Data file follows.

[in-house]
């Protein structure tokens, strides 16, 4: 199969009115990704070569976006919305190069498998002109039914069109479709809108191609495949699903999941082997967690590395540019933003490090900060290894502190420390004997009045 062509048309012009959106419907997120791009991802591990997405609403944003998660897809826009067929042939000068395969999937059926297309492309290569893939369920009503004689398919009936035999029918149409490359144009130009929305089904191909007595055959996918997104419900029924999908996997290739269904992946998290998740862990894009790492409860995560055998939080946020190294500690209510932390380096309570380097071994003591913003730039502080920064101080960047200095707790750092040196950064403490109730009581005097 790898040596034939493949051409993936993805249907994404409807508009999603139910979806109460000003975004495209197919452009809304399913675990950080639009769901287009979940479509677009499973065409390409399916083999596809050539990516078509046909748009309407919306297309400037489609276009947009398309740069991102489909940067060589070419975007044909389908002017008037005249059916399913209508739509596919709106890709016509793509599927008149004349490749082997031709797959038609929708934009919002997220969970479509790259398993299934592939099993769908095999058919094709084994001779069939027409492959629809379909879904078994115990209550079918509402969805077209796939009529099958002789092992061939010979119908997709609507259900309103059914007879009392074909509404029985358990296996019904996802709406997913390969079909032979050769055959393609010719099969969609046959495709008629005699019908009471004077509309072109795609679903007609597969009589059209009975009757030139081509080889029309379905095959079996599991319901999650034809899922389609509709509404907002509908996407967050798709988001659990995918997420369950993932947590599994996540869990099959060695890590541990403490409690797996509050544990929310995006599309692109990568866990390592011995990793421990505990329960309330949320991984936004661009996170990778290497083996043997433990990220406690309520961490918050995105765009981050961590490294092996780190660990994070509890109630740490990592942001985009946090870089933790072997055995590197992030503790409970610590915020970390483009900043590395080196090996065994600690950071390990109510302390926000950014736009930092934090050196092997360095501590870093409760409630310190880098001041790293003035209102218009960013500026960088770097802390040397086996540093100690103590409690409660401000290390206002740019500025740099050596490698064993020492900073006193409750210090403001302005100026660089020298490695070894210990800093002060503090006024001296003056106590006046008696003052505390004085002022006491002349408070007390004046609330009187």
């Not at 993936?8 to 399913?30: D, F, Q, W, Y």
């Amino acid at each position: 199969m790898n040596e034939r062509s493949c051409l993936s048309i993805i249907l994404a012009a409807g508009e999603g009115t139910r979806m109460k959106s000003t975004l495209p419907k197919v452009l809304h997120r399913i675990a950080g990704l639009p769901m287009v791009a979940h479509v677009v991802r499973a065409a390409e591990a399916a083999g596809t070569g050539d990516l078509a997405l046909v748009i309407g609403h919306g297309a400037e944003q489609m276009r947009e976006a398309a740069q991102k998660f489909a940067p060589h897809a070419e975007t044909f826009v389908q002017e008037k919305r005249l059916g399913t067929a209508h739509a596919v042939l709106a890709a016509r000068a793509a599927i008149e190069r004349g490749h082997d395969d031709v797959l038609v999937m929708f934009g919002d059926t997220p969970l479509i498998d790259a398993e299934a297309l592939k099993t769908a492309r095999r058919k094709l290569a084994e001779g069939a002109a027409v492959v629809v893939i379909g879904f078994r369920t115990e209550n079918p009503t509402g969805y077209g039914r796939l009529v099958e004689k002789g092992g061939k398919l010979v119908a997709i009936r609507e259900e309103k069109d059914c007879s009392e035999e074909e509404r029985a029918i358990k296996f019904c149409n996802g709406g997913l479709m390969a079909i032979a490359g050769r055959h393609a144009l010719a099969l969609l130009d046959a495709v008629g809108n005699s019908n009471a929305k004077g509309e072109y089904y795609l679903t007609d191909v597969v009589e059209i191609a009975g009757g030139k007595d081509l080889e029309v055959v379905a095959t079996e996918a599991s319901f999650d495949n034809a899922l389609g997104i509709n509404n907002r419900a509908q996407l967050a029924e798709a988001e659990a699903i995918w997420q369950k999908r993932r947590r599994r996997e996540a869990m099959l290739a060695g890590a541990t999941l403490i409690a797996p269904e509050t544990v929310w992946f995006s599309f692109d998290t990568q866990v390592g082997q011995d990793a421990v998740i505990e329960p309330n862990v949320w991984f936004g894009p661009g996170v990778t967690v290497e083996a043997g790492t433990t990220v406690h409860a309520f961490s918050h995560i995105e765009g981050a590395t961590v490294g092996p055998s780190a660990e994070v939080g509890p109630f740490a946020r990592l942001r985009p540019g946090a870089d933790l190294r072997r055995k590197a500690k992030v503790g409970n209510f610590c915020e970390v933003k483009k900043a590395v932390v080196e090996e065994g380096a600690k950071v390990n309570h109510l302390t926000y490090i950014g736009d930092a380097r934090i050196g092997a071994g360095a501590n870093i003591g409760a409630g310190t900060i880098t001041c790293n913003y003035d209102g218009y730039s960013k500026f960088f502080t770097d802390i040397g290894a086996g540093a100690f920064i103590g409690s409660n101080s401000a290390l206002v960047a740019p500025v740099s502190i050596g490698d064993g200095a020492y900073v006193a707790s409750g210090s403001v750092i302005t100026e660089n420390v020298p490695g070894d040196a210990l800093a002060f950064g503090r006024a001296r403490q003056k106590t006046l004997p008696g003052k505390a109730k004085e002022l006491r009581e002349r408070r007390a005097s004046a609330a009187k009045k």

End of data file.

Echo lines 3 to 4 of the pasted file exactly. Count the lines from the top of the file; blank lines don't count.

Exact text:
């Not at 993936?8 to 399913?30: D, F, Q, W, Y």
């Amino acid at each position: 199969m790898n040596e034939r062509s493949c051409l993936s048309i993805i249907l994404a012009a409807g508009e999603g009115t139910r979806m109460k959106s000003t975004l495209p419907k197919v452009l809304h997120r399913i675990a950080g990704l639009p769901m287009v791009a979940h479509v677009v991802r499973a065409a390409e591990a399916a083999g596809t070569g050539d990516l078509a997405l046909v748009i309407g609403h919306g297309a400037e944003q489609m276009r947009e976006a398309a740069q991102k998660f489909a940067p060589h897809a070419e975007t044909f826009v389908q002017e008037k919305r005249l059916g399913t067929a209508h739509a596919v042939l709106a890709a016509r000068a793509a599927i008149e190069r004349g490749h082997d395969d031709v797959l038609v999937m929708f934009g919002d059926t997220p969970l479509i498998d790259a398993e299934a297309l592939k099993t769908a492309r095999r058919k094709l290569a084994e001779g069939a002109a027409v492959v629809v893939i379909g879904f078994r369920t115990e209550n079918p009503t509402g969805y077209g039914r796939l009529v099958e004689k002789g092992g061939k398919l010979v119908a997709i009936r609507e259900e309103k069109d059914c007879s009392e035999e074909e509404r029985a029918i358990k296996f019904c149409n996802g709406g997913l479709m390969a079909i032979a490359g050769r055959h393609a144009l010719a099969l969609l130009d046959a495709v008629g809108n005699s019908n009471a929305k004077g509309e072109y089904y795609l679903t007609d191909v597969v009589e059209i191609a009975g009757g030139k007595d081509l080889e029309v055959v379905a095959t079996e996918a599991s319901f999650d495949n034809a899922l389609g997104i509709n509404n907002r419900a509908q996407l967050a029924e798709a988001e659990a699903i995918w997420q369950k999908r993932r947590r599994r996997e996540a869990m099959l290739a060695g890590a541990t999941l403490i409690a797996p269904e509050t544990v929310w992946f995006s599309f692109d998290t990568q866990v390592g082997q011995d990793a421990v998740i505990e329960p309330n862990v949320w991984f936004g894009p661009g996170v990778t967690v290497e083996a043997g790492t433990t990220v406690h409860a309520f961490s918050h995560i995105e765009g981050a590395t961590v490294g092996p055998s780190a660990e994070v939080g509890p109630f740490a946020r990592l942001r985009p540019g946090a870089d933790l190294r072997r055995k590197a500690k992030v503790g409970n209510f610590c915020e970390v933003k483009k900043a590395v932390v080196e090996e065994g380096a600690k950071v390990n309570h109510l302390t926000y490090i950014g736009d930092a380097r934090i050196g092997a071994g360095a501590n870093i003591g409760a409630g310190t900060i880098t001041c790293n913003y003035d209102g218009y730039s960013k500026f960088f502080t770097d802390i040397g290894a086996g540093a100690f920064i103590g409690s409660n101080s401000a290390l206002v960047a740019p500025v740099s502190i050596g490698d064993g200095a020492y900073v006193a707790s409750g210090s403001v750092i302005t100026e660089n420390v020298p490695g070894d040196a210990l800093a002060f950064g503090r006024a001296r403490q003056k106590t006046l004997p008696g003052k505390a109730k004085e002022l006491r009581e002349r408070r007390a005097s004046a609330a009187k009045k």